Ventilation for burnout furnace?

N

NDA

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#1
So I've been using a regular household range hood for the room with ring furnace for burnout. It didn't work great and now it's finally broken. So I'm thinking of buying new range hood. The furnaces are right next to the exit, but It's going to be awful, having to keep the door open in the middle of summer or winter. But I need that ventilation with all that odor and fume. Maybe restaurant range hood, for more power to the fans? Range hood was my solution for this, but I'm curious. What do you all use for ventilation?
 
doug

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#2
We use a range hood, but have it ducted outside so the fumes leave the building. I think you can get a self-contained unit from Quatro( I think it's them). Probably more money than you want to spend though
 
CatamountRob

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#3
I too used an ordinary household range hood in my lab, it’s ducted outdoors but it doesn’t work great. My uncle had a larger hood built by tin knockers that uses a 10” or 12” fan in the ductwork. It worked great. I’ve got it now and whenever I get around to remodeling that part of the lab, I plan to use it.
 
N

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#4
The broken one was the household range hood. It didn't work so great even before it was broken. Do you happen to know the power of the fan for your range hood? I'm actually thinking to purchase restaurant range hood now, but the cost does go up greatly.
 
JMN

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#5
So I've been using a regular household range hood for the room with ring furnace for burnout. It didn't work great and now it's finally broken. So I'm thinking of buying new range hood. The furnaces are right next to the exit, but It's going to be awful, having to keep the door open in the middle of summer or winter. But I need that ventilation with all that odor and fume. Maybe restaurant range hood, for more power to the fans? Range hood was my solution for this, but I'm curious. What do you all use for ventilation?
At my old lab we had a standard range fan, and even with it behind a pocket door and vented directly outside you could still tell it if the door wasn't closed good or if the weather was odd.
 
CatamountRob

CatamountRob

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#6
The broken one was the household range hood. It didn't work so great even before it was broken. Do you happen to know the power of the fan for your range hood? I'm actually thinking to purchase restaurant range hood now, but the cost does go up greatly.
Are you asking me?
 
Gru

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#7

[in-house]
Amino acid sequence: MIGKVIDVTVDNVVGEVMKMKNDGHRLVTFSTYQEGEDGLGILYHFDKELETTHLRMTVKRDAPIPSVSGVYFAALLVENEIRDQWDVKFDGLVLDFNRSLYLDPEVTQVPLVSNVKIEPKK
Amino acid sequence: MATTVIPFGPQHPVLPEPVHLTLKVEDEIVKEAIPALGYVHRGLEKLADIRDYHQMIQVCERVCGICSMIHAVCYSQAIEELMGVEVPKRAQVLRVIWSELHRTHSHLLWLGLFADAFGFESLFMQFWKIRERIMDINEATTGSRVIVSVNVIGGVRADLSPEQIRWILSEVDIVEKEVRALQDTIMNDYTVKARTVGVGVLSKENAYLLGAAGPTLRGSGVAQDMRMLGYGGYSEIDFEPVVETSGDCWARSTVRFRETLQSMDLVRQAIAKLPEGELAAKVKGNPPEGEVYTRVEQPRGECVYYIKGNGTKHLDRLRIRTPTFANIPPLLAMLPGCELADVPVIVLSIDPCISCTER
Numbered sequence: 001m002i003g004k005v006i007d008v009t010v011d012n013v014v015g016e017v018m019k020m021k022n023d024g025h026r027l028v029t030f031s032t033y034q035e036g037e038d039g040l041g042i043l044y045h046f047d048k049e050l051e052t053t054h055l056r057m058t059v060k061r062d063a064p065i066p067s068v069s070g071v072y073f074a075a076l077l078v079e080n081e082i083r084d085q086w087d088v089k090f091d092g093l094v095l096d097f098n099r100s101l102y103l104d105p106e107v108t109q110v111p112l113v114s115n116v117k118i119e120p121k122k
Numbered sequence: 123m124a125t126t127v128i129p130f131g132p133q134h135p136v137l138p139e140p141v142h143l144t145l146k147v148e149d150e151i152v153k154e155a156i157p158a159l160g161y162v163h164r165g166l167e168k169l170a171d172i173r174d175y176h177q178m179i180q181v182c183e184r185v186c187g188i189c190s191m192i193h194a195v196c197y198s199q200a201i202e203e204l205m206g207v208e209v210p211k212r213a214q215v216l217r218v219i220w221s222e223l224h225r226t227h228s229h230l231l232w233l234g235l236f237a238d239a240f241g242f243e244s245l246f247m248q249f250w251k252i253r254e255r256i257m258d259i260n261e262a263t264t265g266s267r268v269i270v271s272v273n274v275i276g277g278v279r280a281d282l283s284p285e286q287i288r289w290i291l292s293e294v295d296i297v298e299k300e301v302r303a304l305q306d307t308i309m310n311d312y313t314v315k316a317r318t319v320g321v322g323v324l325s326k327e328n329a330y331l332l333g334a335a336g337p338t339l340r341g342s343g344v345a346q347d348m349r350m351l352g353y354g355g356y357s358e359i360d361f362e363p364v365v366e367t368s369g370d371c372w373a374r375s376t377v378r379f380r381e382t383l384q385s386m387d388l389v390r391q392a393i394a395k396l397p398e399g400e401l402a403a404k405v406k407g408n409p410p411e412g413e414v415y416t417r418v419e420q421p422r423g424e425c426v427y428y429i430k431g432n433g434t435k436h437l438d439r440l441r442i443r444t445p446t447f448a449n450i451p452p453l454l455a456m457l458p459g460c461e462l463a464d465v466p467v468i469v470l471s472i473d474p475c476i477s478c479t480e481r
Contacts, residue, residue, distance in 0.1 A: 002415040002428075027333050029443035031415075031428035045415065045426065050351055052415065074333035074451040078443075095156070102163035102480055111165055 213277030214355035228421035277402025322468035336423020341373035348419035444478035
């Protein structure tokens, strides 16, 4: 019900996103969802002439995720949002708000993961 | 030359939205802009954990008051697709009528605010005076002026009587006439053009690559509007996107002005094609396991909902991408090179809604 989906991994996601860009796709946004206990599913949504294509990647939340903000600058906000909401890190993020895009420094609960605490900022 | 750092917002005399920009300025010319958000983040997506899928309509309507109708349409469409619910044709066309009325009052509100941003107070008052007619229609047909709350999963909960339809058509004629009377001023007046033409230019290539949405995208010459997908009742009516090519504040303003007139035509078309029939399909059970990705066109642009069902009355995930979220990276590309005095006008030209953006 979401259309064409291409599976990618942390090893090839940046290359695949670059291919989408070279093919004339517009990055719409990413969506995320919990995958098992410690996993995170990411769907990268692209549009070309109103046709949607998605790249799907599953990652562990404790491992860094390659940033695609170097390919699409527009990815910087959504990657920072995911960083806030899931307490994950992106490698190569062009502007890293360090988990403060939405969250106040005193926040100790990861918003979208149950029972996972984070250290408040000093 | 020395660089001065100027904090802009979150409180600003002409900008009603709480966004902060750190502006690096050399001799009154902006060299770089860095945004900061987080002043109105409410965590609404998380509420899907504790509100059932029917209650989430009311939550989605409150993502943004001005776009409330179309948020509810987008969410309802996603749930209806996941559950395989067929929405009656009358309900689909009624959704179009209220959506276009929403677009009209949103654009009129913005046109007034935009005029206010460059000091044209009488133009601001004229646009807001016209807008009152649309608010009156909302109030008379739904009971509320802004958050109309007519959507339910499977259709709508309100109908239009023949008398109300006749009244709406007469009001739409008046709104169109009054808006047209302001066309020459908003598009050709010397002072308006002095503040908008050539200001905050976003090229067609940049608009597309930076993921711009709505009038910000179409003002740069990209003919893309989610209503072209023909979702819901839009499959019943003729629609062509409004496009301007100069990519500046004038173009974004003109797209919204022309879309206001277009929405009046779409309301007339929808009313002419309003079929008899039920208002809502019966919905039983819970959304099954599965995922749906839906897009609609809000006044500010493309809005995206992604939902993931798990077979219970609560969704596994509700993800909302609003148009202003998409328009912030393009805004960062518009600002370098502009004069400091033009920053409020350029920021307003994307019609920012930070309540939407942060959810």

Not all range hoods are equal. You get what you pay for. 160 c.f.m for $95 or 350-400 c.f.m. for $450-$900 at your big box home improvement store. Also, consider having an enclosure made to trap/remove the heat and odor from your lab in conjunction with your exterior venting.
 
user name

user name

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#8
I too used an ordinary household range hood in my lab, it’s ducted outdoors but it doesn’t work great. My uncle had a larger hood built by tin knockers that uses a 10” or 12” fan in the ductwork. It worked great. I’ve got it now and whenever I get around to remodeling that part of the lab, I plan to use it.
Great minds think alike...
20180412_122815.jpg 20180412_122847.jpg
 
Bumfrey

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#12
I use an upside down sink with a bathroom extraction fan hose attached lol. Found at the dump. Free except labor. Its out of the way and one one sees it so whatever. It works.
 
Baobabtree

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#13
A good friend of mine simply has copper pipe flue probably 22mm diameter covering the chimney and venting directly outside through the wall. No noisy extractor fans, in his small lab.
 
Gru

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#17
A good friend of mine simply has copper pipe flue probably 22mm diameter covering the chimney and venting directly outside through the wall. No noisy extractor fans, in his small lab.
Nice idea! I'm moving my lab, therefore have to do a redesign (and my vent fan is about dead). Thanks.
 
doug

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#20
One thing we did to the fan was to give the blades a little more pitch to try and help increase the air flow. I'm no expert, but it seems to be working.
 
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